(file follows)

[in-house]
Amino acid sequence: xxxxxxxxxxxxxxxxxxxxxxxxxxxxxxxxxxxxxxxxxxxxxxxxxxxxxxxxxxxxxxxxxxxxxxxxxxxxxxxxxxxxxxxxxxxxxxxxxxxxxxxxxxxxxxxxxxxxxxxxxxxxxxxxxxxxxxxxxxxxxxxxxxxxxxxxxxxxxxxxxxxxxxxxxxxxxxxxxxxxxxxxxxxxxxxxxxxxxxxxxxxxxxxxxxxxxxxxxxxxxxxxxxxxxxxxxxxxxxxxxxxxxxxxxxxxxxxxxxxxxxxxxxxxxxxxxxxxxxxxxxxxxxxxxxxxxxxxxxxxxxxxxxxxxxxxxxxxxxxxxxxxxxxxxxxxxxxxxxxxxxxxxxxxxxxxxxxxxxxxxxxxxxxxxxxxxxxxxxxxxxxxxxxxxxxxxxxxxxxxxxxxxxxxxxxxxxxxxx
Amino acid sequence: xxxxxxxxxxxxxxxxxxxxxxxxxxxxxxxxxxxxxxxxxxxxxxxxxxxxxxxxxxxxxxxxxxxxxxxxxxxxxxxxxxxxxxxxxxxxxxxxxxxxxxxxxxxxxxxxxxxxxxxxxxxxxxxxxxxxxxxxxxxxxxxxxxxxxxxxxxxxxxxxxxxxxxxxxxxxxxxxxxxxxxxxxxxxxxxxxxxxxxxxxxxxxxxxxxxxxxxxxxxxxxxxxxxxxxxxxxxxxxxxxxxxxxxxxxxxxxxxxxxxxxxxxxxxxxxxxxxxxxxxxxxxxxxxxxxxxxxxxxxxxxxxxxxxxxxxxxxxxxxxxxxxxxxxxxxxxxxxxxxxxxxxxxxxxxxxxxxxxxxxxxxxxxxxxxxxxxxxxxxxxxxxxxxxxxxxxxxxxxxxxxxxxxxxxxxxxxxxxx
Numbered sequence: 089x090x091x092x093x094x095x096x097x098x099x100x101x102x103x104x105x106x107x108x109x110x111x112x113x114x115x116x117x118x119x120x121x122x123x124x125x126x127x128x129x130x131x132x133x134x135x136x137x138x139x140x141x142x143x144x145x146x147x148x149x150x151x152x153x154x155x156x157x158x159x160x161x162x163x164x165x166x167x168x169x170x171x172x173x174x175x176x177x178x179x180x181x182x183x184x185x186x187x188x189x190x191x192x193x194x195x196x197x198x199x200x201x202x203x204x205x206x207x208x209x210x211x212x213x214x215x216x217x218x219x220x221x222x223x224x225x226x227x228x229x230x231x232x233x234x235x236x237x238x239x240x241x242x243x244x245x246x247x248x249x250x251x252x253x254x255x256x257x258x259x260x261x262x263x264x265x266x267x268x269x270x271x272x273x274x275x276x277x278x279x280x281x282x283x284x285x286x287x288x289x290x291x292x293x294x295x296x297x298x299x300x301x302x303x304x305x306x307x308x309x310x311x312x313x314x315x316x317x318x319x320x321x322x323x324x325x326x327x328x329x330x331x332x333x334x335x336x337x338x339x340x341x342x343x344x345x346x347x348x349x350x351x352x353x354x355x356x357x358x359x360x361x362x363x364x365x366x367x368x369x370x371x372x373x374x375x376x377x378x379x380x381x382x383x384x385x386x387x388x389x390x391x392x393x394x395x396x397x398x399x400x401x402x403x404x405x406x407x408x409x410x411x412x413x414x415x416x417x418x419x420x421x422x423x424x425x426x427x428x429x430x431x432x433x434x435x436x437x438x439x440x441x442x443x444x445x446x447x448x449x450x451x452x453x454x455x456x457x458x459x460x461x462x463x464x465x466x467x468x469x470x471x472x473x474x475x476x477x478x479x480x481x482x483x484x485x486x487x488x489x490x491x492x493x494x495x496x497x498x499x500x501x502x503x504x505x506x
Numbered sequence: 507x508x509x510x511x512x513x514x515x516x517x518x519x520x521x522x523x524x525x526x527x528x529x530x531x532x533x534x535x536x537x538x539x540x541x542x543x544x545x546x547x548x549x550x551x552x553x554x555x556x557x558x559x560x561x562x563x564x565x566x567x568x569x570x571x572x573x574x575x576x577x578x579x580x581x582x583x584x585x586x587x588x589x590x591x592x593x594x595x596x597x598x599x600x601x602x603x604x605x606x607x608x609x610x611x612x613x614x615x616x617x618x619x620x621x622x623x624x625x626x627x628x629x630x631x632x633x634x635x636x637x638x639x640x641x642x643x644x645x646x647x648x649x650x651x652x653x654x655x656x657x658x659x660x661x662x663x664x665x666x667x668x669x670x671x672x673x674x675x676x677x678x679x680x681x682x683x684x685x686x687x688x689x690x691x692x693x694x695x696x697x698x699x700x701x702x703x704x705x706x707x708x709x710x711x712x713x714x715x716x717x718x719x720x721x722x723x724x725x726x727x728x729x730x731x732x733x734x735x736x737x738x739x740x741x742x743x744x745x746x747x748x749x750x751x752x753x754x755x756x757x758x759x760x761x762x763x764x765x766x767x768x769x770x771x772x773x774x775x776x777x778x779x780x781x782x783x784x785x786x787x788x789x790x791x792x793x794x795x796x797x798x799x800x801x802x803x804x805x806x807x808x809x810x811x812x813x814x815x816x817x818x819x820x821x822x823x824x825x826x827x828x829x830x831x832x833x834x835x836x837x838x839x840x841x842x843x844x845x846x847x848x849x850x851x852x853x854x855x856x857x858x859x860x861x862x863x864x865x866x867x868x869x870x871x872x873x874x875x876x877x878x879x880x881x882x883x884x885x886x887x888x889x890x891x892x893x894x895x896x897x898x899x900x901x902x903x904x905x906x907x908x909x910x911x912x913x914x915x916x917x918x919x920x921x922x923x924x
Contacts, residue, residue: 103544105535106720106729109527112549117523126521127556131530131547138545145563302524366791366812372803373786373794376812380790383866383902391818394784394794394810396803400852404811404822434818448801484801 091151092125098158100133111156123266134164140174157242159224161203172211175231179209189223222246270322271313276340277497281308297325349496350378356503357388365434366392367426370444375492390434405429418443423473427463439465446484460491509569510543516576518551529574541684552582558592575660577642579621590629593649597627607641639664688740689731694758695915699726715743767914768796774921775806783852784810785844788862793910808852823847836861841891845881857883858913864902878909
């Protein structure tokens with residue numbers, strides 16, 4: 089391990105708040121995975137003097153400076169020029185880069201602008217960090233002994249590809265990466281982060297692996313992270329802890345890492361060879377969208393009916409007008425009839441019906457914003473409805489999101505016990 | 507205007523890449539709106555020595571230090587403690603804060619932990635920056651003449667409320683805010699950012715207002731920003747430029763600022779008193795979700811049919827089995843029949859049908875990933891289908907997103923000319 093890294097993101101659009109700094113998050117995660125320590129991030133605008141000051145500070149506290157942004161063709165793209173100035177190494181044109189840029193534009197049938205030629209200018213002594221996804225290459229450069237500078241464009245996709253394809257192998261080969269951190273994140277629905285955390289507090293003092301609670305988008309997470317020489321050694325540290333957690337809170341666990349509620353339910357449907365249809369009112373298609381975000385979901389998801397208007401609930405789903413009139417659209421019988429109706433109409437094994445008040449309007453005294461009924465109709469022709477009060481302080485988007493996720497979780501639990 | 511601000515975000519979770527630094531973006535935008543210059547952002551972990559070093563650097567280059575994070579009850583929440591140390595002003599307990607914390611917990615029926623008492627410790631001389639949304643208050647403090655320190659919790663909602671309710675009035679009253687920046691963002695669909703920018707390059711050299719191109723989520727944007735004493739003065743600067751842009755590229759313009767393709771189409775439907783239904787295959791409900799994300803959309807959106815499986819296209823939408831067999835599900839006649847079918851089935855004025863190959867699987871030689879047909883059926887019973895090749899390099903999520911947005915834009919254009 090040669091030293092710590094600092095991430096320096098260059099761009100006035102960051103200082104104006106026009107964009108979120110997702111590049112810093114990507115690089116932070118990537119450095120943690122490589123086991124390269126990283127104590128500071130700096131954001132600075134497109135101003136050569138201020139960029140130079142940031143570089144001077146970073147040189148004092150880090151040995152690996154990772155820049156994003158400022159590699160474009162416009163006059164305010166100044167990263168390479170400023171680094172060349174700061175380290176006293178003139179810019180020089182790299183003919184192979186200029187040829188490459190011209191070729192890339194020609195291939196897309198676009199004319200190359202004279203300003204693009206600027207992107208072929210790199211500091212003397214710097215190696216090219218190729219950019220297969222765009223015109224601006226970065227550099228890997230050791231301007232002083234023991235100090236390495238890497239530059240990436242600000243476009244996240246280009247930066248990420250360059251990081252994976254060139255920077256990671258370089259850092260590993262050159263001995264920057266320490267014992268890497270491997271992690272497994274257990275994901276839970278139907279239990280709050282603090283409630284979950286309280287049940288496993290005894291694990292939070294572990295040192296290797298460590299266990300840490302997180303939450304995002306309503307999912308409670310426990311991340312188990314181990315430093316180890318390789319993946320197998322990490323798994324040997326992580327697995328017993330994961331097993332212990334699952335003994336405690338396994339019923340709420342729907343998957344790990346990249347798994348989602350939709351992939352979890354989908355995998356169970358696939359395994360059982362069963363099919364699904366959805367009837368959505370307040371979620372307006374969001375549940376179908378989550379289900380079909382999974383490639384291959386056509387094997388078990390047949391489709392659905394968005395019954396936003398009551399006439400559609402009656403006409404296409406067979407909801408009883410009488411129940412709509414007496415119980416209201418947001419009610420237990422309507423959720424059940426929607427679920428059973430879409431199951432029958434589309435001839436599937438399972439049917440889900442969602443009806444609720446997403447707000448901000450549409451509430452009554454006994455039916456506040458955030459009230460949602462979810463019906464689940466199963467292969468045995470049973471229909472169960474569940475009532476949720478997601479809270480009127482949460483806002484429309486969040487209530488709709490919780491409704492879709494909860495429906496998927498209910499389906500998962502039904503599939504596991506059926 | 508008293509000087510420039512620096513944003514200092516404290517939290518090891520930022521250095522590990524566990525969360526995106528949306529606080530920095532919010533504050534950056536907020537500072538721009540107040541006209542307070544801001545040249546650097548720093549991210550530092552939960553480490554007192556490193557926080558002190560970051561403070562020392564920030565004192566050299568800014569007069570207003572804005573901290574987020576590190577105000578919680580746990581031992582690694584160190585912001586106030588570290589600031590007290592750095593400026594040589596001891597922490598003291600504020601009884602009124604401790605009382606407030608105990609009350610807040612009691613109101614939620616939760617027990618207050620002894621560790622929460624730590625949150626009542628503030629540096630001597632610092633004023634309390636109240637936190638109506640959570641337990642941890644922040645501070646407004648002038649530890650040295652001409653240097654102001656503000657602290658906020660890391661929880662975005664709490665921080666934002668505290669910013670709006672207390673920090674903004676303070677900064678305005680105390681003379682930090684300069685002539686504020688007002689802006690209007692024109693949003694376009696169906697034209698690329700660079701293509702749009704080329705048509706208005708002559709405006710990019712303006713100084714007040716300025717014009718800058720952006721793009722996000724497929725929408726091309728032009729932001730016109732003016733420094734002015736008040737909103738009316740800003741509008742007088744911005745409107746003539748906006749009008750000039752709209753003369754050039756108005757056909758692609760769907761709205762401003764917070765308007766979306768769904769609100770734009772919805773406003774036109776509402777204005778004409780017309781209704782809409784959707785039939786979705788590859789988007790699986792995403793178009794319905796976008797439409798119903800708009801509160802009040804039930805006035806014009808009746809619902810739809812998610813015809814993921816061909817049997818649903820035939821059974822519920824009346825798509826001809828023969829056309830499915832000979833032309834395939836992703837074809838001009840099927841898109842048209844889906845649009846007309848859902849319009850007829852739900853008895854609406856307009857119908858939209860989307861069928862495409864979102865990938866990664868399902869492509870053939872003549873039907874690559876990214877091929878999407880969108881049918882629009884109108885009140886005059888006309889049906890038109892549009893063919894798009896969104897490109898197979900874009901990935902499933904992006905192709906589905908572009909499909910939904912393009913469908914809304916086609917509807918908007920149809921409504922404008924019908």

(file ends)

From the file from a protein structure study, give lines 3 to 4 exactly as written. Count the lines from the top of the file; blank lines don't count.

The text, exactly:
Amino acid sequence: xxxxxxxxxxxxxxxxxxxxxxxxxxxxxxxxxxxxxxxxxxxxxxxxxxxxxxxxxxxxxxxxxxxxxxxxxxxxxxxxxxxxxxxxxxxxxxxxxxxxxxxxxxxxxxxxxxxxxxxxxxxxxxxxxxxxxxxxxxxxxxxxxxxxxxxxxxxxxxxxxxxxxxxxxxxxxxxxxxxxxxxxxxxxxxxxxxxxxxxxxxxxxxxxxxxxxxxxxxxxxxxxxxxxxxxxxxxxxxxxxxxxxxxxxxxxxxxxxxxxxxxxxxxxxxxxxxxxxxxxxxxxxxxxxxxxxxxxxxxxxxxxxxxxxxxxxxxxxxxxxxxxxxxxxxxxxxxxxxxxxxxxxxxxxxxxxxxxxxxxxxxxxxxxxxxxxxxxxxxxxxxxxxxxxxxxxxxxxxxxxxxxxxxxxxxxxxxxxx
Numbered sequence: 089x090x091x092x093x094x095x096x097x098x099x100x101x102x103x104x105x106x107x108x109x110x111x112x113x114x115x116x117x118x119x120x121x122x123x124x125x126x127x128x129x130x131x132x133x134x135x136x137x138x139x140x141x142x143x144x145x146x147x148x149x150x151x152x153x154x155x156x157x158x159x160x161x162x163x164x165x166x167x168x169x170x171x172x173x174x175x176x177x178x179x180x181x182x183x184x185x186x187x188x189x190x191x192x193x194x195x196x197x198x199x200x201x202x203x204x205x206x207x208x209x210x211x212x213x214x215x216x217x218x219x220x221x222x223x224x225x226x227x228x229x230x231x232x233x234x235x236x237x238x239x240x241x242x243x244x245x246x247x248x249x250x251x252x253x254x255x256x257x258x259x260x261x262x263x264x265x266x267x268x269x270x271x272x273x274x275x276x277x278x279x280x281x282x283x284x285x286x287x288x289x290x291x292x293x294x295x296x297x298x299x300x301x302x303x304x305x306x307x308x309x310x311x312x313x314x315x316x317x318x319x320x321x322x323x324x325x326x327x328x329x330x331x332x333x334x335x336x337x338x339x340x341x342x343x344x345x346x347x348x349x350x351x352x353x354x355x356x357x358x359x360x361x362x363x364x365x366x367x368x369x370x371x372x373x374x375x376x377x378x379x380x381x382x383x384x385x386x387x388x389x390x391x392x393x394x395x396x397x398x399x400x401x402x403x404x405x406x407x408x409x410x411x412x413x414x415x416x417x418x419x420x421x422x423x424x425x426x427x428x429x430x431x432x433x434x435x436x437x438x439x440x441x442x443x444x445x446x447x448x449x450x451x452x453x454x455x456x457x458x459x460x461x462x463x464x465x466x467x468x469x470x471x472x473x474x475x476x477x478x479x480x481x482x483x484x485x486x487x488x489x490x491x492x493x494x495x496x497x498x499x500x501x502x503x504x505x506x